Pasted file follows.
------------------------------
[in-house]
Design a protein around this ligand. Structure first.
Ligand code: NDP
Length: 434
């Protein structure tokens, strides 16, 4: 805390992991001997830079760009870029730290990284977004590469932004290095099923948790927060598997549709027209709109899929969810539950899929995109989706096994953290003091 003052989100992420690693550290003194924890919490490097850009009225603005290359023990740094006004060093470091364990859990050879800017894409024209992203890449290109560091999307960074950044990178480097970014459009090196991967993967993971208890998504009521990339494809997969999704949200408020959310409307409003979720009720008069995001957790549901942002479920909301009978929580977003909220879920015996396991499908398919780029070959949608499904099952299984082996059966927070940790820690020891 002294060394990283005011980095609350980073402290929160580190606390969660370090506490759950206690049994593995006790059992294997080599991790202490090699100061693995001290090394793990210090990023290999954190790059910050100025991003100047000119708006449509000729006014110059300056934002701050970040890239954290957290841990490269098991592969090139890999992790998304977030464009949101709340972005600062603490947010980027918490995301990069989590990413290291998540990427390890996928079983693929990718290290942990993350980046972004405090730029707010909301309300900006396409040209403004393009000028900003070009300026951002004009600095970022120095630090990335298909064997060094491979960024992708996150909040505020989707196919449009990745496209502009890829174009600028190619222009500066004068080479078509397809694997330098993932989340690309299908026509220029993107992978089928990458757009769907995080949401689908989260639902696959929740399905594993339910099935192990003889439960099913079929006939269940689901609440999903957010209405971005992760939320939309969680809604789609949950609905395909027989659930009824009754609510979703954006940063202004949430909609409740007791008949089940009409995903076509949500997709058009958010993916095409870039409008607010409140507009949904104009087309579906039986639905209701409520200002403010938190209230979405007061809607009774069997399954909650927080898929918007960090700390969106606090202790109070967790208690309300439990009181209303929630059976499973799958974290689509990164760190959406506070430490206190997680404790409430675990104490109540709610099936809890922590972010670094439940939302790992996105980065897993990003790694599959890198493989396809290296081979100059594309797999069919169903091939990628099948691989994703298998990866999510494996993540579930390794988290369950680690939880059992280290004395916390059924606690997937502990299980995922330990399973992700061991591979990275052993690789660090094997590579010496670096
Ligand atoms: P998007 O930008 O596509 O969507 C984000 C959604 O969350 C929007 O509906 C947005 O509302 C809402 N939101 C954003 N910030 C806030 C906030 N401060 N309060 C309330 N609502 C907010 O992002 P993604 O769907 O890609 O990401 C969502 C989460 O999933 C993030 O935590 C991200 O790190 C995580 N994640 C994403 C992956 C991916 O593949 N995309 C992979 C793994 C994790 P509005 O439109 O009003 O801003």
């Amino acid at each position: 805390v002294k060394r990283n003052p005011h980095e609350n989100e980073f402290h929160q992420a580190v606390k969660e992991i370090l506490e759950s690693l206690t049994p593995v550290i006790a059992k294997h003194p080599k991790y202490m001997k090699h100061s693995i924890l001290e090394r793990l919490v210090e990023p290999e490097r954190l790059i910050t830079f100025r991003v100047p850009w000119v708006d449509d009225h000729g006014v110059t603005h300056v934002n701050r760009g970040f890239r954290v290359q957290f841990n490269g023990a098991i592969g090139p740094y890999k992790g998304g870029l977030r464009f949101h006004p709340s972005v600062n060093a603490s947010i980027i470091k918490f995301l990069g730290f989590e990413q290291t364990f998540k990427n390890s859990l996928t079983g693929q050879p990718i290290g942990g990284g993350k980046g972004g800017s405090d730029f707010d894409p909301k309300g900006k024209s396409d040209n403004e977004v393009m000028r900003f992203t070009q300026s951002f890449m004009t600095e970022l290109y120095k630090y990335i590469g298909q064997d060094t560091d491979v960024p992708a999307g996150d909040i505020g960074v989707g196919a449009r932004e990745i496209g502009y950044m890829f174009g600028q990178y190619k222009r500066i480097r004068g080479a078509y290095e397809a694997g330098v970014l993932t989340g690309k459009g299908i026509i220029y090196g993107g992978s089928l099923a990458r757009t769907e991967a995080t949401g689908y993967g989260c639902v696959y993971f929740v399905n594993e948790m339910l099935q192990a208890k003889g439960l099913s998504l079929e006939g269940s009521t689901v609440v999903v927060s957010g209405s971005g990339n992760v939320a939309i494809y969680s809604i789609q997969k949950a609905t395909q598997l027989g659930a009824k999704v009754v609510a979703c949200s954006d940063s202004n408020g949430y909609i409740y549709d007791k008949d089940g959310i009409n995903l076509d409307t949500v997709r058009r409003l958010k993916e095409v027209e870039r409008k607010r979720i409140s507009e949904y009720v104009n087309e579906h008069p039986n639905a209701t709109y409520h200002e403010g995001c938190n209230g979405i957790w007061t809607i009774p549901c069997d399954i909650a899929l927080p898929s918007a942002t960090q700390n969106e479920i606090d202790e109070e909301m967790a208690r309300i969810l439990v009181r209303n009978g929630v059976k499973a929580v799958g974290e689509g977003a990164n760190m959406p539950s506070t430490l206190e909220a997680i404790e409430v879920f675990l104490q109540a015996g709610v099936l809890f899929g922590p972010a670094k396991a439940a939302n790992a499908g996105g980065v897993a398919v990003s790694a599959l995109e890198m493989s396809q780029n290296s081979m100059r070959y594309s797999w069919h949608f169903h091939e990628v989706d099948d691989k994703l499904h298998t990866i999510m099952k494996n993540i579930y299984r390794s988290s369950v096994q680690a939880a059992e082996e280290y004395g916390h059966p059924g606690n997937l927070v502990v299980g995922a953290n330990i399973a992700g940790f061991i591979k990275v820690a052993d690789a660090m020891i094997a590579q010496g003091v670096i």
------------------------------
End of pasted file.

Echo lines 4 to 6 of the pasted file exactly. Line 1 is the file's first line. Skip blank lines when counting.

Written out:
Length: 434
């Protein structure tokens, strides 16, 4: 805390992991001997830079760009870029730290990284977004590469932004290095099923948790927060598997549709027209709109899929969810539950899929995109989706096994953290003091 003052989100992420690693550290003194924890919490490097850009009225603005290359023990740094006004060093470091364990859990050879800017894409024209992203890449290109560091999307960074950044990178480097970014459009090196991967993967993971208890998504009521990339494809997969999704949200408020959310409307409003979720009720008069995001957790549901942002479920909301009978929580977003909220879920015996396991499908398919780029070959949608499904099952299984082996059966927070940790820690020891 002294060394990283005011980095609350980073402290929160580190606390969660370090506490759950206690049994593995006790059992294997080599991790202490090699100061693995001290090394793990210090990023290999954190790059910050100025991003100047000119708006449509000729006014110059300056934002701050970040890239954290957290841990490269098991592969090139890999992790998304977030464009949101709340972005600062603490947010980027918490995301990069989590990413290291998540990427390890996928079983693929990718290290942990993350980046972004405090730029707010909301309300900006396409040209403004393009000028900003070009300026951002004009600095970022120095630090990335298909064997060094491979960024992708996150909040505020989707196919449009990745496209502009890829174009600028190619222009500066004068080479078509397809694997330098993932989340690309299908026509220029993107992978089928990458757009769907995080949401689908989260639902696959929740399905594993339910099935192990003889439960099913079929006939269940689901609440999903957010209405971005992760939320939309969680809604789609949950609905395909027989659930009824009754609510979703954006940063202004949430909609409740007791008949089940009409995903076509949500997709058009958010993916095409870039409008607010409140507009949904104009087309579906039986639905209701409520200002403010938190209230979405007061809607009774069997399954909650927080898929918007960090700390969106606090202790109070967790208690309300439990009181209303929630059976499973799958974290689509990164760190959406506070430490206190997680404790409430675990104490109540709610099936809890922590972010670094439940939302790992996105980065897993990003790694599959890198493989396809290296081979100059594309797999069919169903091939990628099948691989994703298998990866999510494996993540579930390794988290369950680690939880059992280290004395916390059924606690997937502990299980995922330990399973992700061991591979990275052993690789660090094997590579010496670096
Ligand atoms: P998007 O930008 O596509 O969507 C984000 C959604 O969350 C929007 O509906 C947005 O509302 C809402 N939101 C954003 N910030 C806030 C906030 N401060 N309060 C309330 N609502 C907010 O992002 P993604 O769907 O890609 O990401 C969502 C989460 O999933 C993030 O935590 C991200 O790190 C995580 N994640 C994403 C992956 C991916 O593949 N995309 C992979 C793994 C994790 P509005 O439109 O009003 O801003």